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Don’t fret, the choice is pretty easy if you know what to look out for.


First, start by identifying which of the options belong to your network. Oftentimes your modem or router (whichever broadcasts your WiFi) will have a sticker on the bottom or side of the unit with the name of the network.

Second, once you’ve identified which network belongs to you, you may notice there are two similar but slightly different options: 2.4 or 5.

The two numbers at the end of your network name refer to the gigahertz in that band. The WiFi broadcasting devices that uses these two bands are called dual-band and offer you the ability to switch between two network bands depending on the device you are using and where you are using it.

The 2.4GHz band is designed for devices that may travel away from the WiFi network and require a longer range. The speed for these devices will be slower, but the signal can travel further.

The 5GHz band is designed for a shorter range but the network is faster.

Let’s say you have your WiFi hub in your living room. The TV in your living room is a SMART TV and connects to your network via WiFi. You would want that on the 5GHz band. The TV is stationary, close to your WiFi signal, and could use a boost in speed. Your daughter has an ipad and uses it in the upstairs loft. She likes to walk around with it and fire small tubby birds at seasick pigs. You would probably want her device to be connected to the 2.4GHz band.

Deciding which band to use goes a bit deeper with the strength of your network, the location of your devices, and if you have any relay hubs or signal boosters throughout your home. But the rule of thumb is: if the device is close to the signal and is stationary use the 5GHz band, and if the device moves around use the 2.4GHz.

What is a HERS Rating?

The price of utilities is one of those things that never seems to cut us a break. Every winter the price of gas goes up and every summer the price of electricity follows suit. With the costs continually rising what can we do about it?

Energy Efficiency! There are quite a few perspectives in regards to this topic. Some people seek out energy efficiency to save the planet. Some are looking out for their kids. Others, simply want to save a little money. No matter which boat you are in, the best way to judge the energy efficiency of your home is to look at the HERS rating.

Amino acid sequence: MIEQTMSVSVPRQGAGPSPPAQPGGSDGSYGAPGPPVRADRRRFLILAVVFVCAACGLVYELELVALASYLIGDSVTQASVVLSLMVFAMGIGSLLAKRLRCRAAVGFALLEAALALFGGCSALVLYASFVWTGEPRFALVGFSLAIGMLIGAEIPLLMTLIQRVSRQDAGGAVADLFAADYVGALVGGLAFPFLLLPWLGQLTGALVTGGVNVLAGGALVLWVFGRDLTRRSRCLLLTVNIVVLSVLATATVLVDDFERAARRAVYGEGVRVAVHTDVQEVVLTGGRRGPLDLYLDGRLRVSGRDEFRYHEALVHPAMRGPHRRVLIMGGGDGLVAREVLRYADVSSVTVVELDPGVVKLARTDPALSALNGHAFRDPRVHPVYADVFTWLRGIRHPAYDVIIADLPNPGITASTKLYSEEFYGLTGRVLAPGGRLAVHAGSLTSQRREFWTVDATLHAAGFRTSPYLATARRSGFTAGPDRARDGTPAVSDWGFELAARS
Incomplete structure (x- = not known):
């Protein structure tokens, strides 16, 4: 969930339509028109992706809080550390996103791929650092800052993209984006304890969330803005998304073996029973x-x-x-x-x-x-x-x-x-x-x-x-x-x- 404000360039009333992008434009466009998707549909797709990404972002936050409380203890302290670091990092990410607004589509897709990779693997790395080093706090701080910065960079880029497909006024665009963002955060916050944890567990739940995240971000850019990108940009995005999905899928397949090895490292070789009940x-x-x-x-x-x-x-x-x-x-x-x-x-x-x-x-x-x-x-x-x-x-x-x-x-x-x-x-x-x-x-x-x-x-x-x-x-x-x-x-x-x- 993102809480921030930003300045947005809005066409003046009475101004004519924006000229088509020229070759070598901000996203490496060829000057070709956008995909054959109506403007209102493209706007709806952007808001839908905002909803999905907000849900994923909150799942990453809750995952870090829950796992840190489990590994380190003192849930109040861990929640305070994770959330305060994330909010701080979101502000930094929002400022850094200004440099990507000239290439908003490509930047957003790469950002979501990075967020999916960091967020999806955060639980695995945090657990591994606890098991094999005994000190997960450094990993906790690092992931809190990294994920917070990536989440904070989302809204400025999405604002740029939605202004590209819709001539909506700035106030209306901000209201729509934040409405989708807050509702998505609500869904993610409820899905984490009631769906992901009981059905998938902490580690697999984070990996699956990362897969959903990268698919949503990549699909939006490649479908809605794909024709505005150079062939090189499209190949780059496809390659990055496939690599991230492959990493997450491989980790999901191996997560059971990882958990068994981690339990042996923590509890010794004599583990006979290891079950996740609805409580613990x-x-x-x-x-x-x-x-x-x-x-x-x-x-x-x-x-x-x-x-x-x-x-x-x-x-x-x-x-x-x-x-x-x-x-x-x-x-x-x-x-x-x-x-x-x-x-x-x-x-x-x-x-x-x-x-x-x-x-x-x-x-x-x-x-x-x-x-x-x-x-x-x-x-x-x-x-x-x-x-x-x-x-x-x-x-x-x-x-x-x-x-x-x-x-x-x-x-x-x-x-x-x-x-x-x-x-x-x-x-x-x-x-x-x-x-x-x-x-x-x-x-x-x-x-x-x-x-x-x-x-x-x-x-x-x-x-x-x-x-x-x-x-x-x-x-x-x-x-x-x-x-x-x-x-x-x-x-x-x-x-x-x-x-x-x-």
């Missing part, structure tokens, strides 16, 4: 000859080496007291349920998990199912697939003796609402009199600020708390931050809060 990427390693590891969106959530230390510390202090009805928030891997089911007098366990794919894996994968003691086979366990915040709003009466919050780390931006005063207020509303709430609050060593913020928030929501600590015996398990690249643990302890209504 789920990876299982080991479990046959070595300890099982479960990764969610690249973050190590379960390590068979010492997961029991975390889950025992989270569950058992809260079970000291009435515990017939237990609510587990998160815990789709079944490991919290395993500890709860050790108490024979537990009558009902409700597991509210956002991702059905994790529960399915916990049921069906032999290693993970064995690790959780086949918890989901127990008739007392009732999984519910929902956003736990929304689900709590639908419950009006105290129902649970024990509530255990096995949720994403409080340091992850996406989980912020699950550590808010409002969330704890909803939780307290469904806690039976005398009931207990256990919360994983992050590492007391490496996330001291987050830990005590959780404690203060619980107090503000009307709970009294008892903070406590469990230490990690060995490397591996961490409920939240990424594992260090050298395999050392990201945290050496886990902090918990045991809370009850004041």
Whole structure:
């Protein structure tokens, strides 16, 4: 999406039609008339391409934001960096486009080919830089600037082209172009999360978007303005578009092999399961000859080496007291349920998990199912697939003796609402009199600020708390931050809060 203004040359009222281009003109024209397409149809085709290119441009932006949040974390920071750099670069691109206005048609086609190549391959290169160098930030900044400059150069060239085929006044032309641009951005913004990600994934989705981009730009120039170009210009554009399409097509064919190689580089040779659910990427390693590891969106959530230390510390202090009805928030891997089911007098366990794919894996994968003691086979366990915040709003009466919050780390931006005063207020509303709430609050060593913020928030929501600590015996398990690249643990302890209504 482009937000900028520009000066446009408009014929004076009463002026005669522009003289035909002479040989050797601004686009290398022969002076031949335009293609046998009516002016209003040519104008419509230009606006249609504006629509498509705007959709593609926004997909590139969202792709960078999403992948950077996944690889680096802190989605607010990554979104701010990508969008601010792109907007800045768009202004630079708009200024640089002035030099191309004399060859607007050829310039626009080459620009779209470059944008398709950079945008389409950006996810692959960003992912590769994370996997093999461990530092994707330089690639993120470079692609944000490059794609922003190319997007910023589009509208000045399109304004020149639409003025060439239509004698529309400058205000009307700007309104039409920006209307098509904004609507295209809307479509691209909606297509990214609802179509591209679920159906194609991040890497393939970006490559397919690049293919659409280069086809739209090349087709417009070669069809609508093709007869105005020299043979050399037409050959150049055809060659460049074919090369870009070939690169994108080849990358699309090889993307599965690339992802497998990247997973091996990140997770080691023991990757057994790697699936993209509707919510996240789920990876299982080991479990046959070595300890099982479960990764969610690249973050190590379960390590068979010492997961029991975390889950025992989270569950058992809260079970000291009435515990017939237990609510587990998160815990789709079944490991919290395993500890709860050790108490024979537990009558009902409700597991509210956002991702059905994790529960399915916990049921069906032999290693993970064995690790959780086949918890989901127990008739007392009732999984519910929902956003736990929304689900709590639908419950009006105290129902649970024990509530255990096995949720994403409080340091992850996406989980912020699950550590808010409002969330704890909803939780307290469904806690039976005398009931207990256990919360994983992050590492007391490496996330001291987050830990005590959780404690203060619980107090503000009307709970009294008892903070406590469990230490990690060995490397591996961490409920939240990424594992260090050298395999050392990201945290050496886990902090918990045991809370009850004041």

Something to note: if the home is preexisting and hasn’t had a HERS rating done during construction, you can get whats called an Energy Audit to figure out how efficient your home is. Afterwards, you will receive a report that details the steps you could take to improve your rating.

A HERS inspection is something done throughout construction and it evaluates the builders processes and systems while the home is being built. Throughout the building process they will conduct several inspections to ensure it doesn’t have any energy issues such as duct leakage or unexpected thermal losses.

So what is HERS? The acronym stands for Home Energy Rating System. It is a rating given to your home to indicate the estimated energy efficiency. Basically, how much heat or cold transfer exists in your home. The higher the rating the worse the home is for energy efficiency.

On average (depending on where you live) most older resale homes have a rating of around 140 on the scale. Most builders in the area will build to code or anywhere between 20 – 25 points under. Certain builders are what is called High Performance Builders and maintain a much lower rating which would save you big bucks in the long run.

High Performance Builders use what is called advanced framing techniques and utilize different materials throughout the building process to ensure they meet the quality of home HERS inspectors expect. In fact, if a HERS inspector encounters something that doesn’t meet their standards they will require the builder to fix it before proceeding with the home.

So what does this mean to you? If you want to protect the environment, this is the home for you. Since your home doesn’t require the same amount of energy to heat or cool it you are pulling less power from your local power plant.

If you are looking out for your children, other than the benefit listed previously, the resale of HERS rated High Efficiency homes is higher. This is because a home built by a High Performance Builder will surpass all of the current codes and any of the ones in the near to mid future making your home more valuable as it competes with future new-builds.

And, finally, those of you who are concerned with saving money, even though your utility bill never catches a break, your wallet will. A home with a HERS rating of 55 will save the home owner around $1,800 a year on energy savings (taken from local market data). Sure, this number is from a HERS certificate from a home in my area and since the energy cost savings is based on local utility rates, I recommend you check with a builder or realtor in your area.

Owning a home is the American dream, and with so many builders out there, it pays to do your research and find one who advertises High Performance Building. Make sure they use the HERS inspections throughout the building process and that you get a HERS certificate at closing. It will lower your utility costs, increase your resale value, and if you add solar panels potentially take you off the grid (if your rating is low enough). Wouldn’t it be nice to generate your own power and not have to worry about a utility bill at all?